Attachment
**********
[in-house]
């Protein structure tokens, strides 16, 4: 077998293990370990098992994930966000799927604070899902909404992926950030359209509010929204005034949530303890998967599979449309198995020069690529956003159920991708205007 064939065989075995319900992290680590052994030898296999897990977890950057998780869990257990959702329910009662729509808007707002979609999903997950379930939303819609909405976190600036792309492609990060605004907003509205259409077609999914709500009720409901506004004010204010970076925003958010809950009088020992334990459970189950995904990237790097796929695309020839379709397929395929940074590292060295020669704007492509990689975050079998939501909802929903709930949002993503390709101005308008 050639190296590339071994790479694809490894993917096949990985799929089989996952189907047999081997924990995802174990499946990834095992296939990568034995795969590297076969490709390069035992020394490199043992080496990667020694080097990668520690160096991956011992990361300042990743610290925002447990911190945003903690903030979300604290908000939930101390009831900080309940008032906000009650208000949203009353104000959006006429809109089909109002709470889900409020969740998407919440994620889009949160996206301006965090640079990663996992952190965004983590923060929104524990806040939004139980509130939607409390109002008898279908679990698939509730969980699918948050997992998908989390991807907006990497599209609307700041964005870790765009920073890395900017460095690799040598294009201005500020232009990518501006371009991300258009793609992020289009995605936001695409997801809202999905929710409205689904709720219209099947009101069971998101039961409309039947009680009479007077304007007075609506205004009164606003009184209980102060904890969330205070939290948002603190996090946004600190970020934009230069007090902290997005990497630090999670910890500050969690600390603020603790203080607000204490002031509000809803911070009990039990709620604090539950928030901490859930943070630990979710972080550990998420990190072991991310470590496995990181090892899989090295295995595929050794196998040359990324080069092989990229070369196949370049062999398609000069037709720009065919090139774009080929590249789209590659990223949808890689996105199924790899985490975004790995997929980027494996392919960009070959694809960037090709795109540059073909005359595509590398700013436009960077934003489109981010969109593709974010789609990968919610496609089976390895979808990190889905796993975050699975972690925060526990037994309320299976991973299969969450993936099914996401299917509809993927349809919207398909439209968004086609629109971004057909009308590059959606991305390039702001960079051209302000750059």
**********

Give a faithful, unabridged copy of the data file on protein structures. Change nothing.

[in-house]
């Protein structure tokens, strides 16, 4: 077998293990370990098992994930966000799927604070899902909404992926950030359209509010929204005034949530303890998967599979449309198995020069690529956003159920991708205007 064939065989075995319900992290680590052994030898296999897990977890950057998780869990257990959702329910009662729509808007707002979609999903997950379930939303819609909405976190600036792309492609990060605004907003509205259409077609999914709500009720409901506004004010204010970076925003958010809950009088020992334990459970189950995904990237790097796929695309020839379709397929395929940074590292060295020669704007492509990689975050079998939501909802929903709930949002993503390709101005308008 050639190296590339071994790479694809490894993917096949990985799929089989996952189907047999081997924990995802174990499946990834095992296939990568034995795969590297076969490709390069035992020394490199043992080496990667020694080097990668520690160096991956011992990361300042990743610290925002447990911190945003903690903030979300604290908000939930101390009831900080309940008032906000009650208000949203009353104000959006006429809109089909109002709470889900409020969740998407919440994620889009949160996206301006965090640079990663996992952190965004983590923060929104524990806040939004139980509130939607409390109002008898279908679990698939509730969980699918948050997992998908989390991807907006990497599209609307700041964005870790765009920073890395900017460095690799040598294009201005500020232009990518501006371009991300258009793609992020289009995605936001695409997801809202999905929710409205689904709720219209099947009101069971998101039961409309039947009680009479007077304007007075609506205004009164606003009184209980102060904890969330205070939290948002603190996090946004600190970020934009230069007090902290997005990497630090999670910890500050969690600390603020603790203080607000204490002031509000809803911070009990039990709620604090539950928030901490859930943070630990979710972080550990998420990190072991991310470590496995990181090892899989090295295995595929050794196998040359990324080069092989990229070369196949370049062999398609000069037709720009065919090139774009080929590249789209590659990223949808890689996105199924790899985490975004790995997929980027494996392919960009070959694809960037090709795109540059073909005359595509590398700013436009960077934003489109981010969109593709974010789609990968919610496609089976390895979808990190889905796993975050699975972690925060526990037994309320299976991973299969969450993936099914996401299917509809993927349809919207398909439209968004086609629109971004057909009308590059959606991305390039702001960079051209302000750059």